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Black Friday was once a strictly American holiday, a post-Thanksgiving blowout targeted at families hunting for the best deals before Christmas. In recent years, this shopping trend has reached British shores, expanding the target audience for ecommerce marketers who want to reach global shoppers during one of the biggest retail frenzies of the year.
In 2014, Black Friday became the top ecommerce shopping event in the United Kingdom, accounting for £810 million in online sales and 59 percent of online retail searches. The phenomenon is particularly significant because British shoppers have no cultural connection to Thanksgiving, the American holiday that officially launches the Christmas shopping season for U.S. consumers. This budding trend suggests that advertisers (both in the states and across the pond) can condition consumers to shop more during this busy season by creating an expectation of great deals and high-value products and services.
With the rising interest in Black Friday, brands should be prepared to ramp up online advertising as shoppers search for holiday deals using a variety of media. Unsurprisingly, mobile shopping is one of the fastest growing sources of revenue. During the UK's 2014 Black Friday event, roughly 30 percent of revenue and 50 percent of online traffic came from mobile shoppers.
Home appliances, furniture and apparel were among the top search categories, suggesting that UK consumers are less concerned about holiday-themed purchases and more focused on using the heavy discounts to buy big-ticket household items. Not only does the UK market offer more opportunities for brands to engage, but it also enables a wider range of retailer to target shoppers who are thinking beyond the holiday mindset.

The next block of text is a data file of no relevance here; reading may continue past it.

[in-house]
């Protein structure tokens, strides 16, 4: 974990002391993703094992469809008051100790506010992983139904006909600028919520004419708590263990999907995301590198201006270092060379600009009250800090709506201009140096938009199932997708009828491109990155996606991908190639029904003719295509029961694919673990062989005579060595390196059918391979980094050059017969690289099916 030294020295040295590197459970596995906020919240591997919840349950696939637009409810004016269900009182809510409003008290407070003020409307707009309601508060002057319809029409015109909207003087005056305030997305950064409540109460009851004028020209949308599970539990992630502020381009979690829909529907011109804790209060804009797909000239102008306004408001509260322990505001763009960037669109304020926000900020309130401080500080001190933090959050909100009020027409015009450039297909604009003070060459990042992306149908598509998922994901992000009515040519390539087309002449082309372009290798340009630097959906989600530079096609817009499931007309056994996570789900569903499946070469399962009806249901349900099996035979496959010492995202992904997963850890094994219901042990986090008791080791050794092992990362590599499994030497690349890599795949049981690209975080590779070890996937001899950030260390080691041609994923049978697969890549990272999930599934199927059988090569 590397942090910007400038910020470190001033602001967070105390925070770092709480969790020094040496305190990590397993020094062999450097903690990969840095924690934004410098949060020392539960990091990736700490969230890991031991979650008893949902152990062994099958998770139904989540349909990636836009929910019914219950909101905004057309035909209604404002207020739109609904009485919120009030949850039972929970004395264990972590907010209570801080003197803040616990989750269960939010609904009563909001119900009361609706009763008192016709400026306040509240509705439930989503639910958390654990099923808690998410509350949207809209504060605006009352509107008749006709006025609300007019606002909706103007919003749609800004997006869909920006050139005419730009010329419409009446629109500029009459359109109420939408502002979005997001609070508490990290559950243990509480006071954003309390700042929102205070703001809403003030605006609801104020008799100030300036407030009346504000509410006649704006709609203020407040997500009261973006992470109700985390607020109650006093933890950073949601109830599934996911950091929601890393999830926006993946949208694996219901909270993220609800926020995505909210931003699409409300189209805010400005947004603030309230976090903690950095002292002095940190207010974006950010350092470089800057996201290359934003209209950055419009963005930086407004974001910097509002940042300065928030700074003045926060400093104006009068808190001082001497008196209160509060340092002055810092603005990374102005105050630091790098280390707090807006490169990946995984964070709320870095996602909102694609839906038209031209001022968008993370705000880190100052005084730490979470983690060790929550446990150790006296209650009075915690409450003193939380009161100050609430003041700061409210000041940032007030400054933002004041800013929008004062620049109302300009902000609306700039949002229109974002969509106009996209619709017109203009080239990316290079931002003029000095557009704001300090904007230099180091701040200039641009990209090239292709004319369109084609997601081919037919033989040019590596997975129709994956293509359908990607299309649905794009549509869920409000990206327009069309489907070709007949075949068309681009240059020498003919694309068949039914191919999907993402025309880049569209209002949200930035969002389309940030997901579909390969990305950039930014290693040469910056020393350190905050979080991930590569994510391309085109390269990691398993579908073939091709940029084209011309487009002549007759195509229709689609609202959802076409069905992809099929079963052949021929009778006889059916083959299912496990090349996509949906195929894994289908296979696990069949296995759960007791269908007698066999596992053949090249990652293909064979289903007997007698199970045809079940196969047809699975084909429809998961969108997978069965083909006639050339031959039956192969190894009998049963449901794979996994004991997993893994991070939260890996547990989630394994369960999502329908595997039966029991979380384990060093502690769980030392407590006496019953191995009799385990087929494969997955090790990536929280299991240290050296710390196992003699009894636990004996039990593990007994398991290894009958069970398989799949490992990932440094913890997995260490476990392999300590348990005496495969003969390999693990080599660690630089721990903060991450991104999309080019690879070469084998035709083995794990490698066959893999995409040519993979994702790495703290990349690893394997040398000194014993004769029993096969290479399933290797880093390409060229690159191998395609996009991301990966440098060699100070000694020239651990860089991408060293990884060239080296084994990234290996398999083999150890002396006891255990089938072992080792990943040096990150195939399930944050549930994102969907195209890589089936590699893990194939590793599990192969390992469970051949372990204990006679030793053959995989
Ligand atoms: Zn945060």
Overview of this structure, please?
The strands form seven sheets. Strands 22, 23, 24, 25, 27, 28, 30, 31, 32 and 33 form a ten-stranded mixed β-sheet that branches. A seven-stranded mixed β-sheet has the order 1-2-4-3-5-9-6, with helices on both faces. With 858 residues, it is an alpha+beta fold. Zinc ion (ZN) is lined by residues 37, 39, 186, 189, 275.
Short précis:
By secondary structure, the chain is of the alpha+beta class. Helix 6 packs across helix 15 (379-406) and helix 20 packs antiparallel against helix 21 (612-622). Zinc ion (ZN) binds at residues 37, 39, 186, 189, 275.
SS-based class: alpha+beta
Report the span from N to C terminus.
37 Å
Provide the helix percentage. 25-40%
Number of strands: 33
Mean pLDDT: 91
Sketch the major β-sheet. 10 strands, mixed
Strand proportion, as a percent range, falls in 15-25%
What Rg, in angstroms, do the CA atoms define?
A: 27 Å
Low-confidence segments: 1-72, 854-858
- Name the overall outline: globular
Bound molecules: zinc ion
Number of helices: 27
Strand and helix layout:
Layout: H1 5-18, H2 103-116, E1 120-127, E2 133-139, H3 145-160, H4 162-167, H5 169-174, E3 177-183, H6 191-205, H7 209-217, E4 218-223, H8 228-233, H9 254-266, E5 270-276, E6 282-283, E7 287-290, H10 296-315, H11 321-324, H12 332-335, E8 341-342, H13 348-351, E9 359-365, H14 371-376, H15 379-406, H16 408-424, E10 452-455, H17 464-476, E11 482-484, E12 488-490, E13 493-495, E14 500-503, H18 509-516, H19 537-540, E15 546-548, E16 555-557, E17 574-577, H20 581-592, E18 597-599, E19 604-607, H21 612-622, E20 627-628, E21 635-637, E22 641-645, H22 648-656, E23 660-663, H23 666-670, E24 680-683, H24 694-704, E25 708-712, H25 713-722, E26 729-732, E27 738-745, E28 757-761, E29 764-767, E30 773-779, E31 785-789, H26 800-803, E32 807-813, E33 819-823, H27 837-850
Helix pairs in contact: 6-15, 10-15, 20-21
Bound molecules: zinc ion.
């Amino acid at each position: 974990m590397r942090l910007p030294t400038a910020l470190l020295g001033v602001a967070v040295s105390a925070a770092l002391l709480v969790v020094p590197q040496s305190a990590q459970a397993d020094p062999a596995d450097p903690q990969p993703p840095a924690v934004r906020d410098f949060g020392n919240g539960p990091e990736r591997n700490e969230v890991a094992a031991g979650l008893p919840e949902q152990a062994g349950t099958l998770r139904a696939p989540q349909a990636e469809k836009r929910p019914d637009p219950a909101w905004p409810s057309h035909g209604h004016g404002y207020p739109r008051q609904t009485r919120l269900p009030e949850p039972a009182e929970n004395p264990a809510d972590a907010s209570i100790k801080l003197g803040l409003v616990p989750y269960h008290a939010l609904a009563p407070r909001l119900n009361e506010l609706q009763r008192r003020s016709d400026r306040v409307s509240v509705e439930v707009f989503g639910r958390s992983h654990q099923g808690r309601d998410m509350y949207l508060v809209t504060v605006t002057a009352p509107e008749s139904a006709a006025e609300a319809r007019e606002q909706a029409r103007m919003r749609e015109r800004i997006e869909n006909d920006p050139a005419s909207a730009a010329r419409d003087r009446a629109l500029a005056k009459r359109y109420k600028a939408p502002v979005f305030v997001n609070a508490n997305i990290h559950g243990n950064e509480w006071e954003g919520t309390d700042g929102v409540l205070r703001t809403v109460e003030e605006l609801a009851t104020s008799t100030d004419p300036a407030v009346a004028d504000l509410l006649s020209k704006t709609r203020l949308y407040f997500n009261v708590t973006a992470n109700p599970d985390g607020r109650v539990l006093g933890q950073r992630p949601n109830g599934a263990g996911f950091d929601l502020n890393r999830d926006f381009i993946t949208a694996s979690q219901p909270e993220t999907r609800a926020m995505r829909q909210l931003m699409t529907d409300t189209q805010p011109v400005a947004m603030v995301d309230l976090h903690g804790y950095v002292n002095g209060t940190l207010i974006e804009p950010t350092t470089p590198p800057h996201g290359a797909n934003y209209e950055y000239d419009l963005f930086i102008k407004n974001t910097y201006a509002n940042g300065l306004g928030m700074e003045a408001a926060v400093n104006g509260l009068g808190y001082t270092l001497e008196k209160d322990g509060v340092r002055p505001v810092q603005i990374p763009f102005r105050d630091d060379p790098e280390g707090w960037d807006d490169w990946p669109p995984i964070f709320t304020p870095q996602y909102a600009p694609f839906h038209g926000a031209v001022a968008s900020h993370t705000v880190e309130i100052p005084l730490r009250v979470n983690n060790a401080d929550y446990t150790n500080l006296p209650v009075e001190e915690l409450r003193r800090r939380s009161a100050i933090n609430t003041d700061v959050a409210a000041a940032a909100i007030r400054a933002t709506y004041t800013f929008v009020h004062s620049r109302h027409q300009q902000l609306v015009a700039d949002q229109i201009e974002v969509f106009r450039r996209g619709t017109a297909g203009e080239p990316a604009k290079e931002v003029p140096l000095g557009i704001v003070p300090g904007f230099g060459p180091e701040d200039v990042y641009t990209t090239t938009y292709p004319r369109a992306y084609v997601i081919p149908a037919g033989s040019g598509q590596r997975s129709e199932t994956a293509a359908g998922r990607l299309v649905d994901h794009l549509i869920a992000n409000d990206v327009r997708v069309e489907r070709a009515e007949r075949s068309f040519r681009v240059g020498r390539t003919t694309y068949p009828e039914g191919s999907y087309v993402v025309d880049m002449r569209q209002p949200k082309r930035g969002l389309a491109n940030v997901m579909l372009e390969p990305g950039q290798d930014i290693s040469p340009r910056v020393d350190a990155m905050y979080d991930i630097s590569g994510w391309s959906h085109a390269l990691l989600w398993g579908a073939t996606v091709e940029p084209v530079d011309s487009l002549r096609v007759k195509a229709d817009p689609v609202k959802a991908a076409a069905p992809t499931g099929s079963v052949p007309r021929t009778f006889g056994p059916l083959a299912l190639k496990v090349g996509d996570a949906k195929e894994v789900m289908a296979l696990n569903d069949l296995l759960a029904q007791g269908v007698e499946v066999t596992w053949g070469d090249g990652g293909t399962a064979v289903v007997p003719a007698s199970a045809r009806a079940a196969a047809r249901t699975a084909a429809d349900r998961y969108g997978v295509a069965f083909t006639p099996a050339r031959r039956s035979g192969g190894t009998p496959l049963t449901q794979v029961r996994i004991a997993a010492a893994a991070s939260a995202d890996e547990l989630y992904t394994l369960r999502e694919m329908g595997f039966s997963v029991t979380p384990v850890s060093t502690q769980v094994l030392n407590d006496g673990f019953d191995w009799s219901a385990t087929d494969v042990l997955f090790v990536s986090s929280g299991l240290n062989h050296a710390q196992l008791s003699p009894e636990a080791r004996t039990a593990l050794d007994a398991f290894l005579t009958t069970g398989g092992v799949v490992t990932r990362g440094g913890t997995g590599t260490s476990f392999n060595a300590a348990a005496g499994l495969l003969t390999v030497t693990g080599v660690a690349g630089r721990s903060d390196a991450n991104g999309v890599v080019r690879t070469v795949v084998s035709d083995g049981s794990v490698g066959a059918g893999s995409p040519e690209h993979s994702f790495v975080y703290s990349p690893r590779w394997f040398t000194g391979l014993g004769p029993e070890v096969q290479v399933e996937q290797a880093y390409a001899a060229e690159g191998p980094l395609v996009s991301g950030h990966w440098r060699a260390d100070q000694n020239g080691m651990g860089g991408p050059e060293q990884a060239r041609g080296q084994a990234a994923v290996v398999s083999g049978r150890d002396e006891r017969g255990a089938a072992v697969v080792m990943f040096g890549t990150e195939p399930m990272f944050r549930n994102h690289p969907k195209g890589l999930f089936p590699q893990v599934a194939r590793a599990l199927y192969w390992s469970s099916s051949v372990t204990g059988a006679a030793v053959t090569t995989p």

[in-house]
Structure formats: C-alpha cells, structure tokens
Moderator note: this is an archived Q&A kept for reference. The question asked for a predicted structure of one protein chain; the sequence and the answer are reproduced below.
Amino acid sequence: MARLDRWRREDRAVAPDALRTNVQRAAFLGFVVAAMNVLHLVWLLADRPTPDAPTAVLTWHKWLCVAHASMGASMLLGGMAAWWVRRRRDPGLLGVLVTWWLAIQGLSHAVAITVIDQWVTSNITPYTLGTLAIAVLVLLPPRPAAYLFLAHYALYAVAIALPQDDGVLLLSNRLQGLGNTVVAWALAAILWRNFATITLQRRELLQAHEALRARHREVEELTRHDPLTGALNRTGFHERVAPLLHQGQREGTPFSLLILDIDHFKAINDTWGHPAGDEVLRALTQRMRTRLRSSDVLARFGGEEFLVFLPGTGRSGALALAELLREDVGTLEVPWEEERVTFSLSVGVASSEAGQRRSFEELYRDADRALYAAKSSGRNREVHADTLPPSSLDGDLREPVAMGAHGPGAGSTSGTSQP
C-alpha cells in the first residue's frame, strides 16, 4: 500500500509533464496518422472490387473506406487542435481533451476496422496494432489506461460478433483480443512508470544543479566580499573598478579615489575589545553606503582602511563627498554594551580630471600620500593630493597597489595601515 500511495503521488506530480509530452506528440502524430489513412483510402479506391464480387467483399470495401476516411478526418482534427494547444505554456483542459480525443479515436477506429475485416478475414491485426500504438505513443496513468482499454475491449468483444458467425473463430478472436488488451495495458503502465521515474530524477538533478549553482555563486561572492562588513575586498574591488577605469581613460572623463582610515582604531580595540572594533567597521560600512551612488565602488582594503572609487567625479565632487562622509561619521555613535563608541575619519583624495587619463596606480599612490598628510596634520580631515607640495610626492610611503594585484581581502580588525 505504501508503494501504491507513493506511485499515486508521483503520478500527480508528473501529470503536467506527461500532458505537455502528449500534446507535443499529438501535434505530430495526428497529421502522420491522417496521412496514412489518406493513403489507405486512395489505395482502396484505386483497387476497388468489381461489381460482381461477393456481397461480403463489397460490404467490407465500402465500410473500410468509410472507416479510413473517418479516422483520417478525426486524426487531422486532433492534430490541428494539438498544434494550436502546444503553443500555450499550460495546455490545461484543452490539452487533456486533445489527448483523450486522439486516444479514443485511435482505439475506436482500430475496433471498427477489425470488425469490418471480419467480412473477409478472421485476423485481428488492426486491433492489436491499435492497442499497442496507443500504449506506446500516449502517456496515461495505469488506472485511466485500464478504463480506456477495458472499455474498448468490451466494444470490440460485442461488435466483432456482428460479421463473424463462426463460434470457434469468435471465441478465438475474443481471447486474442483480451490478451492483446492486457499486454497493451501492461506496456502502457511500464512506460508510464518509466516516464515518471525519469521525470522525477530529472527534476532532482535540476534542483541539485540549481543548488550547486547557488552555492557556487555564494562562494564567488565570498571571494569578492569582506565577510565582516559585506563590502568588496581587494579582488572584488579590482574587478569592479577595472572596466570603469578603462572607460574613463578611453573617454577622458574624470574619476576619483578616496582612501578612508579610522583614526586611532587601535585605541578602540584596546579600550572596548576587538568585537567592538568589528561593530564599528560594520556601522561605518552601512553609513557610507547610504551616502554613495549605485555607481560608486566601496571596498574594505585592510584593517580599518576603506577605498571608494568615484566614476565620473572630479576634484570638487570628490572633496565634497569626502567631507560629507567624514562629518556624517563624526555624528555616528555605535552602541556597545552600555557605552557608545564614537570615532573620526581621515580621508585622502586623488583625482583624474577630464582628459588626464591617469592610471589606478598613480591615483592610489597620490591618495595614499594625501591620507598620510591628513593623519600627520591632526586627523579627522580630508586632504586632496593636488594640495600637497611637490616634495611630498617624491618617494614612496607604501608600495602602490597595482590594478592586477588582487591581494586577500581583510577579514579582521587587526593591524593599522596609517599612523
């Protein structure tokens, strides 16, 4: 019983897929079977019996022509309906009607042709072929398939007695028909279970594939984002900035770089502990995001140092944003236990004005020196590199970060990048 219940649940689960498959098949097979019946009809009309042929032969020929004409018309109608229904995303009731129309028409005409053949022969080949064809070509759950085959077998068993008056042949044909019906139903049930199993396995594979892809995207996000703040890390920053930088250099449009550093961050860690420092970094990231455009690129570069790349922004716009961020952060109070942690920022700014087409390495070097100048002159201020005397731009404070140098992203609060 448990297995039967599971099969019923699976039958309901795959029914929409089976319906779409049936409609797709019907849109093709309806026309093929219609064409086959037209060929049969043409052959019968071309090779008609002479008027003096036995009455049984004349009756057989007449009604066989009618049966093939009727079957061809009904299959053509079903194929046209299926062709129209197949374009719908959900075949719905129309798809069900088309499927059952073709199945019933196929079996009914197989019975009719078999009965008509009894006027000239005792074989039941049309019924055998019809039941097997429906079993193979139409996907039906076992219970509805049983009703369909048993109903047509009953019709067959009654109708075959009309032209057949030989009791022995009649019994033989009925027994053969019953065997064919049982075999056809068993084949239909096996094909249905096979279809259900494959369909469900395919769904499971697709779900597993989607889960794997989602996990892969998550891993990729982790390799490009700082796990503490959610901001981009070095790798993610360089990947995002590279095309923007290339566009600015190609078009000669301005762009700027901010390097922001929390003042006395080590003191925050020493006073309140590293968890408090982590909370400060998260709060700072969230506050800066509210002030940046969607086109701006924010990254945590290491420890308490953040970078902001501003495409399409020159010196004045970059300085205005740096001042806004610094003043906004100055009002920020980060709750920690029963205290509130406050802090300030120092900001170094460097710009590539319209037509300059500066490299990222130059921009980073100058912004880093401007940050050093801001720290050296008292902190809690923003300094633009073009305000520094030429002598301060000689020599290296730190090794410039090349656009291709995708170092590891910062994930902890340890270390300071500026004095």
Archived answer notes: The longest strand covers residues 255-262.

The most important key to success is launching Black Friday sales at the right time. Consumers typically start researching Black Friday sales up to three weeks in advance, and specific categories peak at different times of the shopping cycle. For example, clothing searches usually peak during the early hours of Black Friday, as apparel items are in high demand and availability can change rapidly. Consumers prefer to search for high-ticket, high-value items, such as jewelry, days in advance, ensuring they can find the best prices and stay up to date on availability leading up to the big day.
Ecommerce retailers who hope to cross over to a British audience should start marketing earlier than usual to generate buzz. While Black Friday is a much-anticipated tradition in America, it is still a new phenomenon for many UK shoppers. Online searches about the origins, definition and date of Black Friday trend heavily in the United Kingdom, offering a chance for marketers to divert attention to brand websites and catch attention with online ads by answering shoppers' most pressing questions. When is Black Friday, and what great discounts await?
For tips on targeting our massive local and U.S. national audience with your Black Friday promotions, contact the LA Times today.